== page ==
- This sustainable initiative is the first of its kind implemented globally among all Linxon sites.
- The solar plant has a 65 kWp capacity and integrates solar panels, a battery, and a diesel generator.
- By using a battery bank, it stores the excess solar energy obtained for nighttime lighting, a mandatory safety requirement.
- The 60 kVA DG diesel generator in the hybrid system backups the solar plant to supply site offices in an emergency event as stand alone.
- Due to the very limited use of diesel generator and thereby less refueling, the oil spill, fire, and other associated risks decreased.
- Using solar panels on the cabinets’ roof, which also acts as a second layer of protection, reduces the heat in the site offices.
- By reducing the operating time of the diesel generator, noise pollution is also reduced.
- We expect about 681 metric tons of greenhouse gases to be reduced over the entire project period.
- We will reuse some installation parts of this proposal to implement similar ones in other sites and, thus, reduce waste.
Linxon is committed to the efforts undertaken by its employees to voluntarily integrate social and environmental concerns into our operations and relationships with our stakeholders. The Abraj team falls within this framework with a photovoltaic (PV)-diesel hybrid system for the site office facilities, becoming the first Linxon team to implement this renewable energy type for Engineering, Procurement, and Construction (EPC) work and off-the-grid.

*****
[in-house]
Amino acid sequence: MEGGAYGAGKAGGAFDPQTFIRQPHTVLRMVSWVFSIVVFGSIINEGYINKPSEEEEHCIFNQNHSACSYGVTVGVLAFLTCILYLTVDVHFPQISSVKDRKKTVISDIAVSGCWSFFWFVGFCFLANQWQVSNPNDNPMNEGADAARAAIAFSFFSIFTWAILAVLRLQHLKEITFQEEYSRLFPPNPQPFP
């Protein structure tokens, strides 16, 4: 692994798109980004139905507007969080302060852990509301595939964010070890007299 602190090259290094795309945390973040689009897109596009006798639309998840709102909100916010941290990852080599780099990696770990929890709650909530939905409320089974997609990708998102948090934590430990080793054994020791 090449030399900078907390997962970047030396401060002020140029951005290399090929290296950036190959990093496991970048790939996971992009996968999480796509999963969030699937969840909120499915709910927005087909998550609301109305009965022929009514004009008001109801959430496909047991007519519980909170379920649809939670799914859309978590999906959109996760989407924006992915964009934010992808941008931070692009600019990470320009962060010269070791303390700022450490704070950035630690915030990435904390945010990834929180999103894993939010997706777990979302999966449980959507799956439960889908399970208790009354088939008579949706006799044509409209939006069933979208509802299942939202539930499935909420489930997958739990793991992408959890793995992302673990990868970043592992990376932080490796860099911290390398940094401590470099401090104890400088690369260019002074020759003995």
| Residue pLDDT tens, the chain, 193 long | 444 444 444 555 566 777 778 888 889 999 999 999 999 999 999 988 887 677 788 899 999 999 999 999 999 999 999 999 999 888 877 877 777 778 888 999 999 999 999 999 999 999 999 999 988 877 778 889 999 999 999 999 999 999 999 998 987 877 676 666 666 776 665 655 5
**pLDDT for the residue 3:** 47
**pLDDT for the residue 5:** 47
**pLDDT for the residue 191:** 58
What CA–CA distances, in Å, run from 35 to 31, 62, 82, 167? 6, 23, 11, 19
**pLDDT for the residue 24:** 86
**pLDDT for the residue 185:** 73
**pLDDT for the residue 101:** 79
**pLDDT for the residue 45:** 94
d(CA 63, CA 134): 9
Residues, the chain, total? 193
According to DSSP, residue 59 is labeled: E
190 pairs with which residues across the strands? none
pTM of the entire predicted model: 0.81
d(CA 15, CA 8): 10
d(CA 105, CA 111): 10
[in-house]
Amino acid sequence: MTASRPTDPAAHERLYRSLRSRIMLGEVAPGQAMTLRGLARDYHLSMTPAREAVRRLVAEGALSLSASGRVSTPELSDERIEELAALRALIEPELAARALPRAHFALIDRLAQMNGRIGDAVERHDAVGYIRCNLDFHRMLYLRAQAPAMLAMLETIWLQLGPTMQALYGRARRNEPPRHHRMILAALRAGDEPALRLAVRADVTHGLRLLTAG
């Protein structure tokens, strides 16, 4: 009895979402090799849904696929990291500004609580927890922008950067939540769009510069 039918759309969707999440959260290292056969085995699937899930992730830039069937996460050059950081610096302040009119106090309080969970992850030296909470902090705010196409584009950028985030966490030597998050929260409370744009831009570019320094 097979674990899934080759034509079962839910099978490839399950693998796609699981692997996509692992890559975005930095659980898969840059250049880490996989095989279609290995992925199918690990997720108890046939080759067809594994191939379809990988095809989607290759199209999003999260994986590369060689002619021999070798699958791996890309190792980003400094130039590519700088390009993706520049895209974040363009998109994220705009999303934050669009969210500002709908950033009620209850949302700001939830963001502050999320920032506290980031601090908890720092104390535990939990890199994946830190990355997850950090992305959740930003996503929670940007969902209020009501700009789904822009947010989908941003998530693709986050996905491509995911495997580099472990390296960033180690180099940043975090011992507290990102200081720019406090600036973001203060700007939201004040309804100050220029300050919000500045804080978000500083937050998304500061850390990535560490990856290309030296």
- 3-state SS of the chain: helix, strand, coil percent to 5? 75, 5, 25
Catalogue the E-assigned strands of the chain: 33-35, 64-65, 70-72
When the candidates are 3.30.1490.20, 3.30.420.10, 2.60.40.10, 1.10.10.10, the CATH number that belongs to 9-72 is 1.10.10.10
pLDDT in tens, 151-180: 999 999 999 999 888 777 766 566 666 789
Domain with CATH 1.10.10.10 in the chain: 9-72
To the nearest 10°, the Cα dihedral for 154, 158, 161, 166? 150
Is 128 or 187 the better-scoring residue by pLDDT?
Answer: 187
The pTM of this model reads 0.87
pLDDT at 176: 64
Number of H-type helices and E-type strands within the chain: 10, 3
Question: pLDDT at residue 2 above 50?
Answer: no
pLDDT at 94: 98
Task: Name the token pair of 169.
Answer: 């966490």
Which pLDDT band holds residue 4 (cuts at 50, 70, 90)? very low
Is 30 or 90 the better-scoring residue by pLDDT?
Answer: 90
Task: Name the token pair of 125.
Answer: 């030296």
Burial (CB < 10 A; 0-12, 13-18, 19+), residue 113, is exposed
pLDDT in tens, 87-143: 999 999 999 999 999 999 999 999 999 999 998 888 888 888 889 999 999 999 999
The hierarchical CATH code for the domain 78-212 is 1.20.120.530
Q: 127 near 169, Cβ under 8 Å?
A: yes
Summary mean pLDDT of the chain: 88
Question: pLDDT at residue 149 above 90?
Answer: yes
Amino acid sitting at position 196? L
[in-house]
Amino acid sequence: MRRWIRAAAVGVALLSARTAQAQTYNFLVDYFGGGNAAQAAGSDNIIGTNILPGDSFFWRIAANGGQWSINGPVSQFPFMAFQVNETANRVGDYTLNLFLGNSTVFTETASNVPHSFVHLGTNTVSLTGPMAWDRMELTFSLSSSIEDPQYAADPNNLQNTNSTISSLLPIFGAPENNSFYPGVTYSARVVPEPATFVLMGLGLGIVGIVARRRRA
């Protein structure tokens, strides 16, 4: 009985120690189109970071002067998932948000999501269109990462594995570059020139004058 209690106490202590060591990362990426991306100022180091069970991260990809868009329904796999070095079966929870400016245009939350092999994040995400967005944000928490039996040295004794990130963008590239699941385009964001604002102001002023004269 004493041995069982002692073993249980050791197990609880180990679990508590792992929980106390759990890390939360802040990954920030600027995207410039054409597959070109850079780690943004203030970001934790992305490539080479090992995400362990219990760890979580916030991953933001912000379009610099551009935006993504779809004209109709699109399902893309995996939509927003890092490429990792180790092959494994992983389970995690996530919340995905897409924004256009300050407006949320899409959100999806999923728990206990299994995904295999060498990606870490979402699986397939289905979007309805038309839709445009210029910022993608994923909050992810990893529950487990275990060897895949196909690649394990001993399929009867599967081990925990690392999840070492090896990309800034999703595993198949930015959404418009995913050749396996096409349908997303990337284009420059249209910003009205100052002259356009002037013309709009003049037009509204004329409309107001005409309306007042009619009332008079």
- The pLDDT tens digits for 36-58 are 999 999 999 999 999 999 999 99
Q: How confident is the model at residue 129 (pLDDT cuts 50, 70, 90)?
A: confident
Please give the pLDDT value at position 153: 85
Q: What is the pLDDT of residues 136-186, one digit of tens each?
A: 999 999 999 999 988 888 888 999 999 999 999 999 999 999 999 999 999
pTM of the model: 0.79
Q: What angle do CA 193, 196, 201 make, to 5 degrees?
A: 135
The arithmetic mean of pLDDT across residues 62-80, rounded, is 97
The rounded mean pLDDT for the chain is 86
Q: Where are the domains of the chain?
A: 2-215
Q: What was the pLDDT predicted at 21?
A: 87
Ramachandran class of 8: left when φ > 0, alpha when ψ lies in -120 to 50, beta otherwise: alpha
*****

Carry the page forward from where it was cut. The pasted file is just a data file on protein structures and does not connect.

In previous years, the diesel usage for power generation at our sites has driven our strategic focus on exploring the use of renewable options. The combined effects of fossil fuel depletion and environmental degradation awareness are major global problems. Therefore, we are dedicated at all levels to delivering environmentally responsible solutions. Considering this and the abundant amount of solar resources in the territory, the Linxon Gulf team came up with the idea of an integrated system that minimizes the use of diesel energy through solar energy supply.